Are we ready for plant-based diets?

Plant-based diets are clearly on the increase, with vegan and vegetarian alternatives to meat are taking up more space on the supermarket shelves than ever before. But if food companies are to meet the environmental concerns of those changing their diets, they need to encourage UK farmers to grow more protein-rich plants. In the first of a three-part series looking at the food industry’s increasing need for plant proteins, Dr Réka Haraszi, examines the role of legumes. Part two will consider sustainability and the environmental impact of growing legumes and the concluding article will look in depth at two unusual – or underutilised – legume crops.

Protein is a key part of any balanced diet, and has traditionally come from animal products (meat, dairy, eggs) with plants such as pulses and nuts playing a secondary role. However, this landscape is changing, driven by consumer dynamics and a rise in plant-based and ‘flexitarian’ diets as a reflection of the unsustainable consumption of meat.

New opportunities

This presents new opportunities for plant-based alternatives, but how do we ensure that we are not just shifting the problem? The UK farming sector is facing the challenge of raw material supply for the growing demand of the processing sectors.

Any future proteins solutions will require an integrated approach to balance sustainability and the supply chain while also meeting consumer and public health requirements. Examples of this include the use of existing but low volume crop proteins, insect proteins and mycoproteins alongside promising technologies such as precision fermentation, cellular agriculture and plant-based proteins.

Plant proteins

Alternative protein sources are essential, and demand for plant-based protein is still increasing. Plants are expected to be the largest source of alternative protein, partly due to their reduced environmental impact when compared to conventional animal protein and partly because consumers perceive them as ‘healthier’. The uptake of plant proteins by the food industry is growing, for both human consumption and animal feed. The right balance between these markets, will ensure plant waste can be avoided, and food and feed quality can be improved. Together these factors are driving a revolution in the plant protein market. The global plant protein market shows a compound annual growth rate (CAGR) of 8-9% (UK market 8.25% CAGR) for the coming years, offering great potential for innovation.

Public policy

This message is also supported by many governments and policy makers, who seek to improve public health and reduce the environmental impact of our food production chains (Willett, 2019). An overreliance on conventional proteins by consumers has previously been linked to health issues, so the shift towards a balanced, alternative-protein diet is seen as beneficial.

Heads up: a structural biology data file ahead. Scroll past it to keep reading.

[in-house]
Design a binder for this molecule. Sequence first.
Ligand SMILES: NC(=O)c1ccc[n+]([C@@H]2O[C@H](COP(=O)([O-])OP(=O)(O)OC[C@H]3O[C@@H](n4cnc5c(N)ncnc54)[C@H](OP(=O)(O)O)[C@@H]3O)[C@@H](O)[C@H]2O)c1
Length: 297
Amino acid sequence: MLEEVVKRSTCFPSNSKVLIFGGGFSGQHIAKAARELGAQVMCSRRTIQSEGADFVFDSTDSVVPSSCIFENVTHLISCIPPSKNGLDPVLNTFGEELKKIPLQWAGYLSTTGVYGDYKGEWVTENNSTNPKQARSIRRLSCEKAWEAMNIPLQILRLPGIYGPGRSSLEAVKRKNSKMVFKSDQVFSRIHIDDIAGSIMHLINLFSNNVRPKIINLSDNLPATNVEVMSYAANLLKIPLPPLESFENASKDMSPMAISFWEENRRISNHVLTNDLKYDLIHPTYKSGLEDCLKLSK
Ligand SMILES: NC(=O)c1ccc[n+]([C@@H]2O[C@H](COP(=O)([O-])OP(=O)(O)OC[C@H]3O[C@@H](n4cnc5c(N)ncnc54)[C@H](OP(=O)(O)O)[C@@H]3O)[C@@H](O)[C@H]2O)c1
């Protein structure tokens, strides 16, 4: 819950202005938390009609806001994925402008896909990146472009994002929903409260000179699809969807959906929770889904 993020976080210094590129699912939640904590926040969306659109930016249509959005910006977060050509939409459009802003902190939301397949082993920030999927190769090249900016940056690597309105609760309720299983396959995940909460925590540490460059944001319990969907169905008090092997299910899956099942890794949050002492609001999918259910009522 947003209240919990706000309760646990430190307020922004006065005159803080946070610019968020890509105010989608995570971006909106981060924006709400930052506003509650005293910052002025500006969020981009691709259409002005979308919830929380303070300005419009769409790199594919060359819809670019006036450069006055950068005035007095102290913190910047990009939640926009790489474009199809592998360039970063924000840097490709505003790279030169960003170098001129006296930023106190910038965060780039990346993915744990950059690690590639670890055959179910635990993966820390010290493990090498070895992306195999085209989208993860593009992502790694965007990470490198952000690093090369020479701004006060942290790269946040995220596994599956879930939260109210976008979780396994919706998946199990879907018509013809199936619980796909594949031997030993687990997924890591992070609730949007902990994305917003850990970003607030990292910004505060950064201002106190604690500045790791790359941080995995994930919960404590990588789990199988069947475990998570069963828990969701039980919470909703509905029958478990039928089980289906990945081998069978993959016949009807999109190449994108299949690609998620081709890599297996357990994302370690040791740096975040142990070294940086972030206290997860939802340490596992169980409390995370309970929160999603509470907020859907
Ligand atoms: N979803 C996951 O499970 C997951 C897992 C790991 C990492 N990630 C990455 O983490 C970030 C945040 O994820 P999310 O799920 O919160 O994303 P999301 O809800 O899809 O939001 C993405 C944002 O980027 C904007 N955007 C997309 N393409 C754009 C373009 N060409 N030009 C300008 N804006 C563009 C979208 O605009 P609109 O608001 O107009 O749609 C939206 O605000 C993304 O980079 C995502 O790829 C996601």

Shifting market dynamics towards a plant-based diet has created a platform for plant growers to reconsider the farming of high protein, high nutrient crops such as legumes and under-utilised plant species (ancient grains, pseudo-cereals such as Amaranth, some leafy veg, etc.).

What are legumes?

Legumes are a family of plants – more widely categorised as peas, beans and lentils – that produce edible pods and seeds. They can be eaten while young and green or the seeds dried for storage (the dried versions are known as pulses).

In the UK, crops such as peas (Pisum sativum), faba beans (Vicia faba) and lupin (Lupinus spp.) have traditionally been grown, largely for animal feed, specialist food processing (canned/frozen peas) or for export. Alongside home-grown sources, the UK also imports other legume crops such as chickpeas, peanuts, lentils and particularly soybean and dried peas for food or food processing. However, these are often sourced from areas of deforestation or use unsustainable production systems.

Having explained why legumes will have an increasingly important role to play in fulfilling our future dietary needs, the next article in this series will consider how legumes are grown, with specific focus on sustainability and environmental impact.

Please note, the opinions expressed in this article are the author’s own and do not necessarily reflect the views or opinions of CHAP. 

For more on CHAP’s work in this area go to Seeking Future Proteins.

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